Show How Discipline and Obedience Are Linked to the Development of the Will from a Montessori Perspective

2144 WordsMar 29, 20139 Pages
In order to explain the relationship between discipline and obedience from a Montessori perspective, it would be useful define and compare the more common explanations of these terms with the interpretations of Maria Montessori. The development of the child within the Montessori setting and in particular the maturational development of discipline, obedience and the will shall then be discussed. In so doing, a very close and almost symbiotic relationship between all three will become apparent. Discipline is commonly thought of as something that is ‘done’ to a child in order to achieve obedience. It is seen as a form of control that implies a denial of freedom. According to, the definition of discipline is “the…show more content…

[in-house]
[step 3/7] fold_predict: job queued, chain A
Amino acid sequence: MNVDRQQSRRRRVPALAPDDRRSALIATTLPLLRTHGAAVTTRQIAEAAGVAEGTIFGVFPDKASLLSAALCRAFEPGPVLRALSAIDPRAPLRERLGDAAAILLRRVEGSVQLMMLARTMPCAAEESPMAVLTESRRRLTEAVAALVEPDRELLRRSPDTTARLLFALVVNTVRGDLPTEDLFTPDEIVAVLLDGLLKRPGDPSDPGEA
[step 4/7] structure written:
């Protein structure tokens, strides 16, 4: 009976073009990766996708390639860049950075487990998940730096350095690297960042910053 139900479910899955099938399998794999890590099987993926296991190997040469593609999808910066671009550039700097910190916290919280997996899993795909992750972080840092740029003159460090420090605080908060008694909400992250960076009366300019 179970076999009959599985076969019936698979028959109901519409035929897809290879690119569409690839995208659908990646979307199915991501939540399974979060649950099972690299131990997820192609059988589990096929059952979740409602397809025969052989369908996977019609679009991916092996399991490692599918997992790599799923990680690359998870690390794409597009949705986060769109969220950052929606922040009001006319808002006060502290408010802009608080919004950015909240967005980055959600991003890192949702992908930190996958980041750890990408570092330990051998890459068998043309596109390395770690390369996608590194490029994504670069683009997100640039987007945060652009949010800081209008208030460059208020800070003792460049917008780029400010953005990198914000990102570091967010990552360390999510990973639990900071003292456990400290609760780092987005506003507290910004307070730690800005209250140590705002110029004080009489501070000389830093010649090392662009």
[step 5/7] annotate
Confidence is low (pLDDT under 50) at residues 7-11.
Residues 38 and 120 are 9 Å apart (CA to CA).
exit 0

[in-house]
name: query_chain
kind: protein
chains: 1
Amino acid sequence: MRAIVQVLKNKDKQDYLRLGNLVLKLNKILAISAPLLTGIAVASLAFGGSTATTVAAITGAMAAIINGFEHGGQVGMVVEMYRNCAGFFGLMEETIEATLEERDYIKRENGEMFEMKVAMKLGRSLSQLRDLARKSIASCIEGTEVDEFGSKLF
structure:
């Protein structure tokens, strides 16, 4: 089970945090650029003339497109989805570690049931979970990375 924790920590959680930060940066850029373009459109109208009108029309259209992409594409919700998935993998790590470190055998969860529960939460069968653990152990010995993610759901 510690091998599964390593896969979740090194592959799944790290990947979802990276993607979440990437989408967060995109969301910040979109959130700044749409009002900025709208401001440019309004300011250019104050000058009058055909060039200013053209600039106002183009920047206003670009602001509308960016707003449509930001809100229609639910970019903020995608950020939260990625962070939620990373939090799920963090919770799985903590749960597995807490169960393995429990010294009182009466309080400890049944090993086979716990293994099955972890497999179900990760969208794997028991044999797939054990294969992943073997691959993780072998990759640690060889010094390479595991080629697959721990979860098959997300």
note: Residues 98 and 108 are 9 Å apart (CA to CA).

Montessori called this the first stage of obedience (Montessori, 2007a). At around the age of 2 ½ to 3 however, consciousness emerges and all that has been stored up in the Mneme, together with new information, begins to come into the conscious mind, transforming into memory and reason. The child has is now entering the second phase of the Absorbent Mind, known as the ‘Social Embryonic’ stage (Montessori, 2007a). Montessori (1963) describes the child as unbalanced and having certain deviations (lack of control or discipline resulting in possible aggression or passivity). Importantly, with respect to discipline and obedience, it is when the horme and egocentricity begin to wane and the child becomes more aware of others and their needs. It is at this stage that the child enters the Nursery. Through her observations, Montessori held that a child will pass through several ‘sensitive periods’ during the Absorbent Mind, where he/she has an intrinsic sensibility to acquiring particular skills beneficial to his/her development (Montessori, 2007a). He/she is drawn to particular activities that will match the particular sensitivity – such as a sensitivity to order or small objects for example. It is for these reasons that Montessori saw the need to develop an environment that would enable every possibility for the child to fulfill all of these needs and that failure to do so could result in physical, social and mental instability. “The more the young are placed in

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